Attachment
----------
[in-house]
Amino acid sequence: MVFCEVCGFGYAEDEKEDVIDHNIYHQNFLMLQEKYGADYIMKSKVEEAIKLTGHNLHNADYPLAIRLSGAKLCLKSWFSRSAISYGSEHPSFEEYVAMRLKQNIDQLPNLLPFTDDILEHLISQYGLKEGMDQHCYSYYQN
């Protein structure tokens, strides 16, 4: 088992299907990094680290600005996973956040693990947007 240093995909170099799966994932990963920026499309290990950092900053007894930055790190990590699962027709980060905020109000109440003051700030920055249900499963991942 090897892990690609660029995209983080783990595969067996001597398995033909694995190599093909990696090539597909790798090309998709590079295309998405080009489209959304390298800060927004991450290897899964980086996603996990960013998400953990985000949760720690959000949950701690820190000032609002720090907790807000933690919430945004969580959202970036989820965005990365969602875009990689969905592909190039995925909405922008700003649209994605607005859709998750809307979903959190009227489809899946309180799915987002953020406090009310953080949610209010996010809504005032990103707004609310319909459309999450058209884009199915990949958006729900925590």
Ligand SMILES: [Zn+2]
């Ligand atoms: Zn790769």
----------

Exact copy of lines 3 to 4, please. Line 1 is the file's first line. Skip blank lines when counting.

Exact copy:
């Protein structure tokens, strides 16, 4: 088992299907990094680290600005996973956040693990947007 240093995909170099799966994932990963920026499309290990950092900053007894930055790190990590699962027709980060905020109000109440003051700030920055249900499963991942 090897892990690609660029995209983080783990595969067996001597398995033909694995190599093909990696090539597909790798090309998709590079295309998405080009489209959304390298800060927004991450290897899964980086996603996990960013998400953990985000949760720690959000949950701690820190000032609002720090907790807000933690919430945004969580959202970036989820965005990365969602875009990689969905592909190039995925909405922008700003649209994605607005859709998750809307979903959190009227489809899946309180799915987002953020406090009310953080949610209010996010809504005032990103707004609310319909459309999450058209884009199915990949958006729900925590």
Ligand SMILES: [Zn+2]